Have you heard the buzz about “never-ending interviews”? NPR, Slate, and the Wall Street Journal recently reported candidates going through upwards of six interviews, some reaching into the double digits. But research (and our experience) shows that more doesn’t mean better when it comes to interviews and hiring. So, why so many? And what’s the right number of interviews?

Why So Many?

There are many reasons why an organization might add more interviews than is necessary, but they all point to one thing—trying to fix an ineffective hiring process. A few include:

  • Hoping for consensus (which is nice but typically unrealistic) while involving too many people in the hiring decision.
  • Insecurity about the risk of a bad hire in a highly competitive job market.
  • A lack of the planning and structure needed to gather the most useful information in fewer interactions.
  • The misguided perception that remote interviews require less preparation and time from candidates (so adding more doesn’t negatively impact their experience—it does).
  • Looking for the “right” answers from candidates—context that may be more specific to your industry or organization than an outside person could reasonably know—rather than evaluating how they think and work.
  • In some cases, all of the above and more.

While these are real problems, more interviews aren’t the solution. And with many candidates (and hiring managers) increasingly feeling interview fatigue, the small amount you might gather from additional interviews isn’t likely to outweigh the costs.

From your first interaction with them, top performers are trying to figure out if you are a risky choice. A fast-moving and transparent interview sequence signals that you respect their time and are organized with a clear vision for the role.

Is There a Magic Number of Interviews?

Google looked at interview data over five years and found that four interviews is the sweet spot —that number is widely considered a current benchmark. Through hundreds of successful executive searches, our team has found that three work best for our nonprofit and association clients.

But three isn’t a magic number. It works because of the skills-based framework behind it.

The goal is to gather information from candidates in different contexts so you can accurately evaluate their skills, abilities, and working styles. And that requires pre-interview work. Before talking to any candidate, you must first determine the business results you hope to achieve with the new hire, the 3-5 job competencies needed to achieve them, and what your organization’s culture is and how a candidate might add to it.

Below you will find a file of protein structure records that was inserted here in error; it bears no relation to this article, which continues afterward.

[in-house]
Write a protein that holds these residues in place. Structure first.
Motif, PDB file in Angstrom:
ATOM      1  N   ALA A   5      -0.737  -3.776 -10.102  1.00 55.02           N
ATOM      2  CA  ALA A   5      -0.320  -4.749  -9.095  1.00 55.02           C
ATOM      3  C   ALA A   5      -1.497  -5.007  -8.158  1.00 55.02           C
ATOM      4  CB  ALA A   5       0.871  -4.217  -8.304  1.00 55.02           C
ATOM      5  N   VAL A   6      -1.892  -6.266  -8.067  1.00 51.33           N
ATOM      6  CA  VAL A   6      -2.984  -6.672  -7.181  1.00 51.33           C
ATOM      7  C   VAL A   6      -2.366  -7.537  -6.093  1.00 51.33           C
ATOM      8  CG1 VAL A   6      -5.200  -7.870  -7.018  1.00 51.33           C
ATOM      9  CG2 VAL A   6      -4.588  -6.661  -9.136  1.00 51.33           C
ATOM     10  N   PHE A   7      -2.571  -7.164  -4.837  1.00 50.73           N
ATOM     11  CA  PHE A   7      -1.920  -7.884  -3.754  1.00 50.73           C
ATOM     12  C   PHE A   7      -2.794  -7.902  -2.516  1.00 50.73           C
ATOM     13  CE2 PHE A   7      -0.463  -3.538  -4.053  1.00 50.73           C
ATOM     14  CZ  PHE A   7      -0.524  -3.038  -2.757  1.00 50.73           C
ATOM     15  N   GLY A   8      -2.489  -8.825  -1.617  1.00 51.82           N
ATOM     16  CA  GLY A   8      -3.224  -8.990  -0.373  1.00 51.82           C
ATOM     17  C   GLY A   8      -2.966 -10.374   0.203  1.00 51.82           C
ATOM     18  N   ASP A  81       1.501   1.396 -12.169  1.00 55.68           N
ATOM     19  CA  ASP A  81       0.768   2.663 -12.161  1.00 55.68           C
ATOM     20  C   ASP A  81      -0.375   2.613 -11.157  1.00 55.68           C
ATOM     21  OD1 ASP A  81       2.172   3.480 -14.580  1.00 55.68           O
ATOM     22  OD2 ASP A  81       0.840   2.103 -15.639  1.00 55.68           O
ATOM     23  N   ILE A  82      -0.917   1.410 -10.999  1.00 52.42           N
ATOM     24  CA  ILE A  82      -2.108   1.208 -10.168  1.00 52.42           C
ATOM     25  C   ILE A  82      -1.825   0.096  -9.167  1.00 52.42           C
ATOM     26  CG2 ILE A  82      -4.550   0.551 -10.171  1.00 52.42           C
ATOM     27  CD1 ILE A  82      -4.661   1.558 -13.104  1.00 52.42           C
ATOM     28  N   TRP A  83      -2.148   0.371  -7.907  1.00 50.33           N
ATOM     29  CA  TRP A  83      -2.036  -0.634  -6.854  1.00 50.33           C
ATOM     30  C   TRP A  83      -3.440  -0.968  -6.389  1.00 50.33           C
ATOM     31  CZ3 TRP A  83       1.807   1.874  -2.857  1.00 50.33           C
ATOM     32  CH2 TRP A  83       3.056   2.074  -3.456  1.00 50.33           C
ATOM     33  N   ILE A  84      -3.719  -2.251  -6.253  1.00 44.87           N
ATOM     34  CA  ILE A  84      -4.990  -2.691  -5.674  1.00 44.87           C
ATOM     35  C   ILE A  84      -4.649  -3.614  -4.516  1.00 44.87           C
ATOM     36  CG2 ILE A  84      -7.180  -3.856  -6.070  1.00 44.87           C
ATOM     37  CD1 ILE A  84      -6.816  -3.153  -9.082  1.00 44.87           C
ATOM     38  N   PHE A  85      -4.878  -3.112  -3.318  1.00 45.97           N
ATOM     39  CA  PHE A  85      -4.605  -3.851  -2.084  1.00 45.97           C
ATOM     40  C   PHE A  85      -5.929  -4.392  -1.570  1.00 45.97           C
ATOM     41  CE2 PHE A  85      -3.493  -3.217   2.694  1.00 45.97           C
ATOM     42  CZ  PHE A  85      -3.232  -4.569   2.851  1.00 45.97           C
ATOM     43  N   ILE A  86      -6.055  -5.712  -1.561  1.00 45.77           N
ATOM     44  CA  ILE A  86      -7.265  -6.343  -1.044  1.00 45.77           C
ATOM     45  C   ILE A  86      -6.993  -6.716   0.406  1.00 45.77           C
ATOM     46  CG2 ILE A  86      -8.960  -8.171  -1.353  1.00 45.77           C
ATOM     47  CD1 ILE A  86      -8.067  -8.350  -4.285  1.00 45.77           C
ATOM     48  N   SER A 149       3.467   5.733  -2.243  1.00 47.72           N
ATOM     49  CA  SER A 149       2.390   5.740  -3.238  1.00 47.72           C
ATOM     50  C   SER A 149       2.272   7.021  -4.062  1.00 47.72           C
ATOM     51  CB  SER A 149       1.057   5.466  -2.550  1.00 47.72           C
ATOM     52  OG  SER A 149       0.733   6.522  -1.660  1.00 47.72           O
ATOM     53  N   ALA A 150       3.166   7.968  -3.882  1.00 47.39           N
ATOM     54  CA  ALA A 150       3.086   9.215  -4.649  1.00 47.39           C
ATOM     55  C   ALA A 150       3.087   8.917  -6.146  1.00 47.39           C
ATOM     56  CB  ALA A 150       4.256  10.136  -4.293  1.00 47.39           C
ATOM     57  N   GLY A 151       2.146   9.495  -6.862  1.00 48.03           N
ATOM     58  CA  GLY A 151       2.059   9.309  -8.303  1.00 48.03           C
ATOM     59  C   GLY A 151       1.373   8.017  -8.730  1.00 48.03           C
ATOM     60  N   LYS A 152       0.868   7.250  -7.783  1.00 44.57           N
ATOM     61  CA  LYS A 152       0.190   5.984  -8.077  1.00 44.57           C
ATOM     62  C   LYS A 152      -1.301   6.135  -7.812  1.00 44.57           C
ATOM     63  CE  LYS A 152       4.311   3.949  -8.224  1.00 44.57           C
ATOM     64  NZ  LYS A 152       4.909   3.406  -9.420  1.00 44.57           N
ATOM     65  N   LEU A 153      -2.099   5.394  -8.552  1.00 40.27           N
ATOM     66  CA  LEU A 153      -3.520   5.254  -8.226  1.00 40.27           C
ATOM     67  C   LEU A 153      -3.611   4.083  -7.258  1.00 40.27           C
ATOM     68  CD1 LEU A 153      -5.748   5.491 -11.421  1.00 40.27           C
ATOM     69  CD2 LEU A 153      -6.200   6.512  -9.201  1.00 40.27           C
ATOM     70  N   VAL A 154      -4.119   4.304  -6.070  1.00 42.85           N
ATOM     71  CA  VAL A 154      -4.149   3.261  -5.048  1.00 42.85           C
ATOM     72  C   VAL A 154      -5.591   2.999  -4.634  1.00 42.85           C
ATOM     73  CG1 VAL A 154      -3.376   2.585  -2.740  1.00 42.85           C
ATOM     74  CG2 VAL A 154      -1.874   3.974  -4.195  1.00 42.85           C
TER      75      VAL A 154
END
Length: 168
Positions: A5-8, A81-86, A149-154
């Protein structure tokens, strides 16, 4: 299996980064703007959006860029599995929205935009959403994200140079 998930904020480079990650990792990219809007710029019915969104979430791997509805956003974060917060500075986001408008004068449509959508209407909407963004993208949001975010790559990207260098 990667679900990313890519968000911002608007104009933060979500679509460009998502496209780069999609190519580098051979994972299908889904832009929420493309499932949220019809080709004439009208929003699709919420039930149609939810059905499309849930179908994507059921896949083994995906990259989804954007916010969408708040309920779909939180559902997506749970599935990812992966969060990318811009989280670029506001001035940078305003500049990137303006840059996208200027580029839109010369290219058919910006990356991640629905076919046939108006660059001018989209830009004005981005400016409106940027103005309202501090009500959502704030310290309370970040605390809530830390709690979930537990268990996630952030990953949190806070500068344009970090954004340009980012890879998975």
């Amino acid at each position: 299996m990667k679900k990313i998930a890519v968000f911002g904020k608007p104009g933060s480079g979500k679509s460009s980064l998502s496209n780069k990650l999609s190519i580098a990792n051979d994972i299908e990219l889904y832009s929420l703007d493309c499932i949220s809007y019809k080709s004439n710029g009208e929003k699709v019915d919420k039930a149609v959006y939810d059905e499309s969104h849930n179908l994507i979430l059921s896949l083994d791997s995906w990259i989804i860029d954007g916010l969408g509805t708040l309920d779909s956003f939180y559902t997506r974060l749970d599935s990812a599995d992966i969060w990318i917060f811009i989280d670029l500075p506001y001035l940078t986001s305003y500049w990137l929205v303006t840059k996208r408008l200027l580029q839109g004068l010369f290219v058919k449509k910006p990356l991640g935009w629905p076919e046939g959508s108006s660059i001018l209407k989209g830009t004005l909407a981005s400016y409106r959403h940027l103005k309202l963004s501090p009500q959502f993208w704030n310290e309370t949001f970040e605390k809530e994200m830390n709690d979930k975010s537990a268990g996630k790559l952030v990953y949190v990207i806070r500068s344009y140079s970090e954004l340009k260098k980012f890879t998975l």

It’s also important that all decision makers agree to the key competencies upfront to ensure interview feedback can be fairly and consistently evaluated using the same criteria. This may not lead to perfect consensus, but it usually leads to agreement that a candidate can do the job.

The Structured Interview Sequence We Recommend

1) Initial Screening Call and Writing Prompts

Staffing Advisors conducts these for our clients by phone, but many organizations use video. These calls should be brief (no more than an hour) and focus on determining whether a candidate meets the basic qualifications for the job and likely has the right match of skills and experience.

Following the call, we give every promising candidate a short set of written prompts asking them to share job-relevant experience and illustrate their competency in the same key areas agreed upon beforehand. The set of prompts should take no longer to complete than a custom cover letter (perhaps an hour).

2) In-depth Interview and Work Sample Test

During the first in-depth interview, you will explore the competencies you identified in your pre-interview work through a predetermined set of questions prompting candidates to talk about their abilities in measurable, concrete terms. (Do you see a trend here? Competencies drive the entire sequence.)

Following this interview, we recommend giving your top choice candidates a small sample of work to do (no more than two hours) in preparation for the next interview. For guidance on this step, including examples from association and nonprofit executive searches in a range of functional areas and career levels, read SA Perspectives: Work Sample Testing. (You might also like How to ChatGPT-Proof Your Work Sample Tests.)

3) Second In-depth Interview

During the second in-depth interview, remain focused on the competencies that will drive this person’s impact and ask questions that dive deeper into topics from the preceding interviews. You will also discuss the work sample test to evaluate how the candidate demonstrates those competencies in a simulated real-world context.

All the Context You Need Without Wasting Anyone’s Time

At each stage, make sure you allow time for candidates to ask questions. They need to learn about the job and your organization, but importantly, the questions they ask provide another lens into their competencies and experience. Is it clear they did their research? Do they ask insightful questions that show they really get what the work is about? Do their questions make you think?

By the end of this sequence, you’ve heard each candidate talk, write about, and demonstrate how they work. In just three interviews with under three hours of additional work from candidates, you should be able to gather enough information to make a well-informed hiring decision. Because every interaction is structured around the key competencies needed to succeed in the role—the most accurate predictors of job performance—you’ll be able to fairly compare candidates’ strengths and weaknesses side-by-side.

For a complete guide through every step of the interview process—from pre-interview work and who to include in your interviews to determining what to discuss and how to debrief afterward, read the Staffing Advisors Employer Guide to Interviewing.